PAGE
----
For decades, many businesses offered pensions for their retirees. In some companies, the employee and the employer would contribute to the pension fund. When the employee reached retirement age, they could draw that pension in addition to their Social Security. It was generally hoped that by retirement age, most people had paid off most of their debts including their mortgages, allowing them to live off their pension and Social Security income.
Let me make this clear right now. Social Security was NEVER meant to the sole retirement income for senior citizens. It was designed to be a supplement to pensions. Additionally, at the time Social Security was established, it was estimated, based on life expectancy data, that most retirees would only live an average of 5 years after retiring. Thus, Social Security was purely a short-term supplement and nothing more.
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As the baby boomer generation began to age, many companies discovered they could no longer afford to offer or pay pensions, so many of them dropped pensions. A person could work for a company for 20-30-40 years and retire with no pension to rely on. This turned the emphasis to the short-term supplement known as Social Security.
By this time, the average life span after retiring was being extended, so instead of only having to pay out for about 5 years, Social Security was then being taxed to pay out for 10 or more years.
With pensions disappearing like the dinosaurs, many older Americans found themselves in a situation that required them to continue to work into their late 60s and 70s and sometimes longer. They just can’t survive on Social Security alone.
I just turned 65 and have paid into Social Security my entire life. However, at 65, I would only get about $1787 a month. Then they automatically deduct the cost of Medicare Part B from that monthly figure leaving me with $1,665 a month. My wife started drawing Social Security several years ago, and after the Medicare Part B deduction, receives a whopping $720 am month. Combined, that would only give us a total of $2,385 a month, which isn’t enough to pay our mortgage and bills. I do have a pension I am drawing for a utility I used to work for, I was there only 12 years, so I draw $365 a month from the pension, giving us a total retirement of $2,750 a month. That still isn’t enough to meet our financial needs, which is why we are both still working in some capacity.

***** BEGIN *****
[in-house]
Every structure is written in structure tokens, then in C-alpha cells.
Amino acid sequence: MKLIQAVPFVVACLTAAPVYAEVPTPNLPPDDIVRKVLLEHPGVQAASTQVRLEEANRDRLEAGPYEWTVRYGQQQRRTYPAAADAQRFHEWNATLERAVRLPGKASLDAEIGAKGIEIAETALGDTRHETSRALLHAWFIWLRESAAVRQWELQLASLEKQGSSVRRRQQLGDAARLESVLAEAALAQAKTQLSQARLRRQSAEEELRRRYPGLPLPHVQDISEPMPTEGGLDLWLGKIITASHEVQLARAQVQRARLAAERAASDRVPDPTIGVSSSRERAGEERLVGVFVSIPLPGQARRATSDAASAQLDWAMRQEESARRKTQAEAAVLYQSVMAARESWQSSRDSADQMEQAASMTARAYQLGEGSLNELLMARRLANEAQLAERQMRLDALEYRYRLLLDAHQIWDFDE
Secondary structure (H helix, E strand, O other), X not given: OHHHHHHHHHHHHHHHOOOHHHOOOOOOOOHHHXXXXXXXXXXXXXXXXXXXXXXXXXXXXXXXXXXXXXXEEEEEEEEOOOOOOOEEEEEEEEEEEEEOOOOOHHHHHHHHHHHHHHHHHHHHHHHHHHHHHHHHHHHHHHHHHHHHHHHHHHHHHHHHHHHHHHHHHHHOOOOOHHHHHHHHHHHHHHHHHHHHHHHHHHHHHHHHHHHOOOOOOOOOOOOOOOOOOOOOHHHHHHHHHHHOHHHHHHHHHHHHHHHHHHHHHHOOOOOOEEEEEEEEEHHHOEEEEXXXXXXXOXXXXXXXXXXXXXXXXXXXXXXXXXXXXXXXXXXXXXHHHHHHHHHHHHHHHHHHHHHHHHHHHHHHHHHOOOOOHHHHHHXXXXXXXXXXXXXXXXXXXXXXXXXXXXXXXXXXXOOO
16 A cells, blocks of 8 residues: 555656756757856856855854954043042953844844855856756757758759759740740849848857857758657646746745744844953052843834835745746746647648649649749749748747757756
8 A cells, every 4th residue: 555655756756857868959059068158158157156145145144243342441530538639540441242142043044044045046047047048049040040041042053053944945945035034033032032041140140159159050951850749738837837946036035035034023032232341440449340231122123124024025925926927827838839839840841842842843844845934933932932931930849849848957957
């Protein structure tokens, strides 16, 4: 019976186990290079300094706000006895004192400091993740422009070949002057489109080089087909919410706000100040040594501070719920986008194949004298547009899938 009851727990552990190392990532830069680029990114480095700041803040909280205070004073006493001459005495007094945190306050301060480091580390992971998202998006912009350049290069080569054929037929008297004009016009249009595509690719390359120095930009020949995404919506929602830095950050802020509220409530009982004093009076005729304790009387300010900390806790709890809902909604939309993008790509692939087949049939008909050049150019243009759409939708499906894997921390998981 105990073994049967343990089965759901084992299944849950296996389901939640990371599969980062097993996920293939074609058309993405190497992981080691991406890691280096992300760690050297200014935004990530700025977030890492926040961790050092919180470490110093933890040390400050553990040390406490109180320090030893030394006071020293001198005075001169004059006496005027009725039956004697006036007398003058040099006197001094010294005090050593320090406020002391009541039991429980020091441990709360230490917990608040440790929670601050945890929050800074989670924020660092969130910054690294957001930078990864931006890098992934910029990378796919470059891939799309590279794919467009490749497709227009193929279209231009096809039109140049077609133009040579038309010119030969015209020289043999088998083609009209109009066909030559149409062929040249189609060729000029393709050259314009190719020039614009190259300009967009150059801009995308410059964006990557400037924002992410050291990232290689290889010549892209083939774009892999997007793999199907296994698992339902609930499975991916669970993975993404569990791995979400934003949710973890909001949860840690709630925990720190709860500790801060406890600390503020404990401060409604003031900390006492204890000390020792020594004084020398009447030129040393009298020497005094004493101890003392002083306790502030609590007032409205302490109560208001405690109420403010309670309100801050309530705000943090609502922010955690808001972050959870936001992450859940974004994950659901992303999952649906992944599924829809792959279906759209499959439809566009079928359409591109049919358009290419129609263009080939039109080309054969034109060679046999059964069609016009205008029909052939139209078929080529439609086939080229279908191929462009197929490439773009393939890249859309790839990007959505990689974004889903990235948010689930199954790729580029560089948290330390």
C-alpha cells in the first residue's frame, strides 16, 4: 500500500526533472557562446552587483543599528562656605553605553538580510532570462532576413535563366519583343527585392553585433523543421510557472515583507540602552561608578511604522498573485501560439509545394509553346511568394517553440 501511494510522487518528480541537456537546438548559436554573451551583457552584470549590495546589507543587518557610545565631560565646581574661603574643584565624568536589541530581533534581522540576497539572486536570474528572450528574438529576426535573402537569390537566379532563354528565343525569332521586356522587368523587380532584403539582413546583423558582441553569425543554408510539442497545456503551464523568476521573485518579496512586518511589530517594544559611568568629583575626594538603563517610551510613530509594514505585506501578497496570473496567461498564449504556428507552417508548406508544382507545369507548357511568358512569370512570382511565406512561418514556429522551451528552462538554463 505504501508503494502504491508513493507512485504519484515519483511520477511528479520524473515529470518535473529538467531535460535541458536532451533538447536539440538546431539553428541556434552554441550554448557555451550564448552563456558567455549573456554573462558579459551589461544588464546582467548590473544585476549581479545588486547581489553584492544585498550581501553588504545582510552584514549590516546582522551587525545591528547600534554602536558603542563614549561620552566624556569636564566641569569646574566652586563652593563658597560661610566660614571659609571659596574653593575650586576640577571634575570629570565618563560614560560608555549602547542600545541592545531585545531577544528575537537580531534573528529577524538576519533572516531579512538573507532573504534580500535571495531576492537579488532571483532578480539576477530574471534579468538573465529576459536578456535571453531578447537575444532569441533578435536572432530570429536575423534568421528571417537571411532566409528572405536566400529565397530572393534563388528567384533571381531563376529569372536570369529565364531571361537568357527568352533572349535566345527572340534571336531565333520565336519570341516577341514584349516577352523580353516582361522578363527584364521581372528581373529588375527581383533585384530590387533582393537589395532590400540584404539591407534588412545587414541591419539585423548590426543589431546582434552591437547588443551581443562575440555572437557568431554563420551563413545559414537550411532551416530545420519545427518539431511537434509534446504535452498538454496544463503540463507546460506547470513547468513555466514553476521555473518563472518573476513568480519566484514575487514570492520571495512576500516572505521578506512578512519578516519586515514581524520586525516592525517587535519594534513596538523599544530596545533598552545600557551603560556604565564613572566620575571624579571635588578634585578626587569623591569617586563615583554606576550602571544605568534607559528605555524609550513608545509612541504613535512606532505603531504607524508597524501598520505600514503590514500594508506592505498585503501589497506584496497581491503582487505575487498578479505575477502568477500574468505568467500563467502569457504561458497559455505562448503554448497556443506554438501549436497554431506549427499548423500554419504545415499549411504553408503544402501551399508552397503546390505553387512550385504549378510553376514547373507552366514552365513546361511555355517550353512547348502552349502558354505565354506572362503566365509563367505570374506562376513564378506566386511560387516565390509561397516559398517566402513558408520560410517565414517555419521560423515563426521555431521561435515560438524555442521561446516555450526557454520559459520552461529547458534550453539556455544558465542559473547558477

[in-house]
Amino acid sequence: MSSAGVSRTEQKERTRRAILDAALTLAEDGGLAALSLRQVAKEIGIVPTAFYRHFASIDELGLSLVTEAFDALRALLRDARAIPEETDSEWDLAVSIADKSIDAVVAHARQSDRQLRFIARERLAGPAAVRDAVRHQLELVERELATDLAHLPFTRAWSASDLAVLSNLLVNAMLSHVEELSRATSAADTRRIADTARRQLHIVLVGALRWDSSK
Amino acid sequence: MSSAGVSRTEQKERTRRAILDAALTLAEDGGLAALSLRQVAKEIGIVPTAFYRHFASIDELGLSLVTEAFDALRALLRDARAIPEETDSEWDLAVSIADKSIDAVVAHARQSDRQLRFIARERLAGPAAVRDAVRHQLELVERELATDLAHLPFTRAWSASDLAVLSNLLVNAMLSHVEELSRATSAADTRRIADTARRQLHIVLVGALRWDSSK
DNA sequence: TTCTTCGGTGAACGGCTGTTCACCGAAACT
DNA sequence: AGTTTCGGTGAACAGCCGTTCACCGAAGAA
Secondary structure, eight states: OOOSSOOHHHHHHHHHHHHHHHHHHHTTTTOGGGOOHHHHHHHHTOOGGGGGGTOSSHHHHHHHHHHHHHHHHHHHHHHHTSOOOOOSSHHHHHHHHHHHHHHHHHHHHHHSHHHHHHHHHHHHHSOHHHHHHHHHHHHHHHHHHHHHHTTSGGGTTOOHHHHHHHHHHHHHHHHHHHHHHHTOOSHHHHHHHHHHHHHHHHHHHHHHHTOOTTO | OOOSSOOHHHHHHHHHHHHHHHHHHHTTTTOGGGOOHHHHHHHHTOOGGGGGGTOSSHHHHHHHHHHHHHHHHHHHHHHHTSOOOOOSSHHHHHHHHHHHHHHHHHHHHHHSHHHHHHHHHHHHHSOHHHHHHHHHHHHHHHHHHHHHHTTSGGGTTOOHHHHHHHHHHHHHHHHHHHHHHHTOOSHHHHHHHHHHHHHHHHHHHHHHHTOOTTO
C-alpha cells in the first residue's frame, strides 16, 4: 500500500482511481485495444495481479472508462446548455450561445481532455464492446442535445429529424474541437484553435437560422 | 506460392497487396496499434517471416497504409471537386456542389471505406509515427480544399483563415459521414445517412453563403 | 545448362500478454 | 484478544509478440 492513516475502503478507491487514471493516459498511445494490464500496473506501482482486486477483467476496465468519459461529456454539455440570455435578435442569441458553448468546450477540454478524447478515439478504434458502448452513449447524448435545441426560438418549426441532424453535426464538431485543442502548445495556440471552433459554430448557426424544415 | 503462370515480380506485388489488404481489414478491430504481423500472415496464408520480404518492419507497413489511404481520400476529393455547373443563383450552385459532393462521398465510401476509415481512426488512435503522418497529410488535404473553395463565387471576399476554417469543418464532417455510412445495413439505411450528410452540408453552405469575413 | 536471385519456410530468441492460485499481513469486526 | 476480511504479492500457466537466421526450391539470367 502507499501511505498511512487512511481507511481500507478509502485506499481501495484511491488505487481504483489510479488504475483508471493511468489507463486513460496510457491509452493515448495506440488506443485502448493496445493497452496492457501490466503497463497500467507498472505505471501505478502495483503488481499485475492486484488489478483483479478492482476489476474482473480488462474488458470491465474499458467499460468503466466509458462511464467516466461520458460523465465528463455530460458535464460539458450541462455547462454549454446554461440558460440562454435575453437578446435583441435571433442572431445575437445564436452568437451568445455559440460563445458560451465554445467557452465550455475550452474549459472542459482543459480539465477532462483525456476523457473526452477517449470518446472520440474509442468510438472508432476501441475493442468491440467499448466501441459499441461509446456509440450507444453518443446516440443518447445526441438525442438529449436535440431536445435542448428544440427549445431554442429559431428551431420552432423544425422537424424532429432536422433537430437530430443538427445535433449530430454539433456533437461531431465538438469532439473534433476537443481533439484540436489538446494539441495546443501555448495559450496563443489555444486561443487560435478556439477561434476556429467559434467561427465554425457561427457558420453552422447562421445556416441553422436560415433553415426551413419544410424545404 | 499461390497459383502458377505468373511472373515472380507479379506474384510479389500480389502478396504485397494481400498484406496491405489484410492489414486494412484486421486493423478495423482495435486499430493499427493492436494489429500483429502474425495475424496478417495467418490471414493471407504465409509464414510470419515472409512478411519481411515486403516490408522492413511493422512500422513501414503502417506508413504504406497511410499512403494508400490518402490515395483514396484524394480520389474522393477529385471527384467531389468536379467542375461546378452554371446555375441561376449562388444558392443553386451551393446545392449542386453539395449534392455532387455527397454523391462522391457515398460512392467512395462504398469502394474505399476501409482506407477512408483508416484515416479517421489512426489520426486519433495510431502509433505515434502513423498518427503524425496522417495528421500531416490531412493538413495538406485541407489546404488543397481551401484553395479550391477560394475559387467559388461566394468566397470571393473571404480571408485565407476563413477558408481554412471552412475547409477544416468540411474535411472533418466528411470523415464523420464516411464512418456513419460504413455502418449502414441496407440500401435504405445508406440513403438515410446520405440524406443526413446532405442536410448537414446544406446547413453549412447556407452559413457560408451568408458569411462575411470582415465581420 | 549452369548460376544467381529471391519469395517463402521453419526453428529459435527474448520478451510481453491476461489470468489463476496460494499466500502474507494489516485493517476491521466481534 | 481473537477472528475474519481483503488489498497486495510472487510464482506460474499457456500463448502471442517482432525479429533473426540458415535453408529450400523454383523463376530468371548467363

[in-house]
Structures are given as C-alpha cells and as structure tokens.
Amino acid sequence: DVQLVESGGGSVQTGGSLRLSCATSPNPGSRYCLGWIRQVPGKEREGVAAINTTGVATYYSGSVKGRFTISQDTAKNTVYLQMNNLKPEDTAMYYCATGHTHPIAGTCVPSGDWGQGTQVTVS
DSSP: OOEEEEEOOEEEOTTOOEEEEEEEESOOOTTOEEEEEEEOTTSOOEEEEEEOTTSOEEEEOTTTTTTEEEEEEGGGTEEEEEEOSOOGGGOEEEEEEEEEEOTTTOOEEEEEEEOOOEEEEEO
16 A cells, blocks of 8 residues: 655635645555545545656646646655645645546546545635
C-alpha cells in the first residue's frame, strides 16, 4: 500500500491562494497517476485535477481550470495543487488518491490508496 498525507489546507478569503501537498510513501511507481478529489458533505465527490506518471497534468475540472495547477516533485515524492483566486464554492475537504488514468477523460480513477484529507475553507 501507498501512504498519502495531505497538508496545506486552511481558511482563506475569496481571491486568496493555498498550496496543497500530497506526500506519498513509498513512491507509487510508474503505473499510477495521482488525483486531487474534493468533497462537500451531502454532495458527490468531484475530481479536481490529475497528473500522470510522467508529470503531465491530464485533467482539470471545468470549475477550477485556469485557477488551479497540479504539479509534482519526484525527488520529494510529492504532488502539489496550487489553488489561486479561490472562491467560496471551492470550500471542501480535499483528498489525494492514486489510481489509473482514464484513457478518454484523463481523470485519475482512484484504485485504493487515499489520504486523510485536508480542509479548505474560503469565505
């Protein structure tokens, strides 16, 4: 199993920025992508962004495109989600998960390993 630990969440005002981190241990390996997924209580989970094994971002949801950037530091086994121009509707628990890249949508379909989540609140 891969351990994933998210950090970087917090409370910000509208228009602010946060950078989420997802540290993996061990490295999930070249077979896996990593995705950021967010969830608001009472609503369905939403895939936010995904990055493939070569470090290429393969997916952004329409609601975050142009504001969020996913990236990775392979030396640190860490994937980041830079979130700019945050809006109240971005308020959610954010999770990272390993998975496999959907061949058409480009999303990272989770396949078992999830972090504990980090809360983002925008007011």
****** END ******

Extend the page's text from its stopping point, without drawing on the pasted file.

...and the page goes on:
Many other senior Americans are in the same situation as we are, so what can they do to make their retirement go further?
Many are moving to other countries where the US dollar goes much farther. It’s estimated by the Social Security Administration that nearly 400,000 American retirees are living in other countries.
Some American retirees have moved to countries like Canada, England and Germany, but they find that the dollar doesn’t go as far. Many others are moving to Mexico and other Central and South American countries where the dollar goes a lot further. The current exchange rate in Mexico is 20.74 pesos per $1US. Our $2,750US a month converts to about 57,062 Mexican pesos.
Another popular place for American retirees is Costa Rica where a US dollar converts to about 552.30 colons. Imagine if we retired to Costa Rica on just our retirement income, we would be making about 1,518,825 colons a month. I’m certain we could live a lot more comfortable on a million and half colons a month in Costa Rica than we could here in the US for only $2,750 a month.
This is why a growing number of retired Americans are leaving the US to live in other countries. They can’t afford to retire here and will end up spending their senior lives working instead of relaxing and enjoying their remaining years.